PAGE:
- I'LL BE
- Those lazy
- More than
any other time of the year, it happens in the summer.
- School is
- The days
- The beach,
the parks, and the obligatory family vacation all beckon.
- Each one
calling loudly with promises of fun and adventure under
the warm summer sun.
- It is
inevitable therefore, during these warm and pleasant days
of summer that the dojo will often echo with the sound of
- This is, we
are told by those who are departing, only a temporary
situation, for as they bow out the door in search of
"some time off" they all do so with a common
pledge, "I'll be back".
- Now all of
us at one time or another have felt the need to take a
break from those events in our lives that occupy so much
of our very limited time. Whether it is from work,
university, the city in which we live, the people we hang
out with, or even from the dojo that we hold so dear,
sooner or later we all crave a brief change of pace.
question in the mind of the sensei, however, as he
listens to those quickly fading feet, is not so much,
"when will you be back" but more often than not
it is, "at what level will you be when you come back"?
- Now for
those students above the rank of Ni Dan, I think it is
safe to say that a few days off, or even a week or two
away from the dojo, will usually not make a great deal of
difference to their fitness level, or to the quality of
their techniques. This is primarily of course because
students at this level will usually have eight to ten
years of dedicated training behind them. For them it is
often a case of being able to "switch on" and
"switch off", with most likely only a minor
number of adjustments in order to get back up to speed
after taking some time off. Any longer than two weeks,
however, and yes, even these senior ranks will also see a
distinct difference in all aspects of their karate upon
their return to the dojo.
- But what
about everyone else?
- It has been
my experience that students below the rank of Ni Dan,
will find that they are in for a bit of a surprise when
finally returning to class after those lazy days of
- More often
than not they will find that compared to those students
who remained and continued to train, their stance will
seem somewhat higher, their timing will off, and their
blocks for some unknow reason will not seem quite as
crisp as they use to be.
- As for kata
- It is not
uncommon for brown belts who thought they "knew"
all of their kata to discover much to their dismay, that
Heian Sandan and Heian Yodan have for some unexplainable
reason now blended together in both their body and their
mind, making even the thought of completing either kata
an impossible challenge.
- All of this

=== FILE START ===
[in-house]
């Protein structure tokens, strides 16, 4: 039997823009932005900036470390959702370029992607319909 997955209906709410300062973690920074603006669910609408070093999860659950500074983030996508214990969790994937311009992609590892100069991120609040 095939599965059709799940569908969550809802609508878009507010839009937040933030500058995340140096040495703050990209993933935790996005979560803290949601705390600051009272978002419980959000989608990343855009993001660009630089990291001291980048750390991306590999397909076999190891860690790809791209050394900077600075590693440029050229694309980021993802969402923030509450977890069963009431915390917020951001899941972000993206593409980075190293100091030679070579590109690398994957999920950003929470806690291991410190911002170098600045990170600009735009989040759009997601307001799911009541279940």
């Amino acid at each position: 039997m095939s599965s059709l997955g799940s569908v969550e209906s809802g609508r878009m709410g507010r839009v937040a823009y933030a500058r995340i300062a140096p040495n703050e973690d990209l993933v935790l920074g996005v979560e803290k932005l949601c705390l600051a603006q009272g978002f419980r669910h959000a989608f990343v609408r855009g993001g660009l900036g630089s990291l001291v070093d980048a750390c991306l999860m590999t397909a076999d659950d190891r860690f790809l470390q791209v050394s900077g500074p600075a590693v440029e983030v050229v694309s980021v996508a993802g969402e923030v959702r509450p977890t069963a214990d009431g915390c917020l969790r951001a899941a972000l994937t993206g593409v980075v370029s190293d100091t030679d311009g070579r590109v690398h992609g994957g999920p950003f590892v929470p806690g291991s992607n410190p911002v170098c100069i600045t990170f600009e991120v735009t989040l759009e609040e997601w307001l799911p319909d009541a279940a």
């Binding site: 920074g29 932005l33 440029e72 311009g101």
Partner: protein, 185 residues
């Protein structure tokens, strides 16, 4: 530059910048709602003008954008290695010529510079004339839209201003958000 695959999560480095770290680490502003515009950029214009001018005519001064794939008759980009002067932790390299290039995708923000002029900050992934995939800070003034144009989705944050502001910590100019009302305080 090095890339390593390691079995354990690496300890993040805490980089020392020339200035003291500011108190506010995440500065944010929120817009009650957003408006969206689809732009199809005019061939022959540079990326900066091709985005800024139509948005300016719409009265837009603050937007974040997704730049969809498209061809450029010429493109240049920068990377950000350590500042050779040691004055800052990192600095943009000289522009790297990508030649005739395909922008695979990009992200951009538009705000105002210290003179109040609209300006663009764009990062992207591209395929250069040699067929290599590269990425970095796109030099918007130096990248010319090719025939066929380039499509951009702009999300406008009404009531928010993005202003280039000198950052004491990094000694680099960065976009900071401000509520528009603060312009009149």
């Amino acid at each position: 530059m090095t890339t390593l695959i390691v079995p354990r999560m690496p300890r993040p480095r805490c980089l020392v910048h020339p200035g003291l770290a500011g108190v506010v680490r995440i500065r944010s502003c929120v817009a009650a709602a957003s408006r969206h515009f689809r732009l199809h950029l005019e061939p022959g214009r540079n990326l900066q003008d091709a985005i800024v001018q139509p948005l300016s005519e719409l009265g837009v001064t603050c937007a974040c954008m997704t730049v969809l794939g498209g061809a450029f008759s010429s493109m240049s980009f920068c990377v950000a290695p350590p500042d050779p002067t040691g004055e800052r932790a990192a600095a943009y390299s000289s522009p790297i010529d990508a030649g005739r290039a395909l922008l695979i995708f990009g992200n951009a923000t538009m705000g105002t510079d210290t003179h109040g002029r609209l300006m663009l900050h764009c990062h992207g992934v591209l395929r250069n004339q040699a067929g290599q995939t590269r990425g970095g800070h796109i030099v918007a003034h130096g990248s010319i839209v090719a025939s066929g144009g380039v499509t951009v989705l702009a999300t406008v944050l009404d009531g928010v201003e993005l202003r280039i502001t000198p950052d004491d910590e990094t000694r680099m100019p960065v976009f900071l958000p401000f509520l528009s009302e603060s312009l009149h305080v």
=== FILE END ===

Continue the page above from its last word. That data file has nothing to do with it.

of course is not unusual, since any significant time away
in a relaxing setting has a tendency to diminish both our
mental memory, as well as our body memory. Fortunately
for most students there is a cure for this softened
mental and physical state, and the remedy is very simple.
It is getting back to into the dojo and getting back to
the basics as soon as possible. Hours of hard work,
countless repetitions, a large dose of self-determination,
and a strong desire to "make up for lost time"
are the only means by which a student will recover their
position within the dojo society.
- To do an
less means risking the prospect of being passed in rank
by those students who remained and trained.
- There is an
old saying, "time and tide wait for no man".
- The point
being that some things wait for no one, under any
- If I was to
look for a similar analogy in terms of karate I would
suggest, "that a missed class can never be made up".
- My point
being that in your life you have a finite number of days,
and you can never make up for lost time, or a class
missed, both are gone from your life forever. Oh sure,
you can go to class on Friday to make up for the one you
missed on Wednesday, but no matter how you justify it in
truth the classes you miss, for what ever reason, can
never be made up for.
- So by all
means listen to the song that Summer sings in the hope of
luring you to play at other past times, and take a break
if you feel the need. But, always be prepared to come
back to the dojo a few paces behind those students who
remained and who continued to polish the dojo floor with
their feet and their sweat while you went in search of
"some time off".
Funakoshi Sensei once said, karate is like boiling water,
if you do not heat it constantly it will soon start to
- On your return to the dojo
turning up the heat once again is entirely up to you.
- In order to
start where you left off,
- you must
first get back to where you use to be
- Part the
clouds - see the way.
objective of karate-do is to contribute to the evolution
- of the
human spirit through physical and mental training."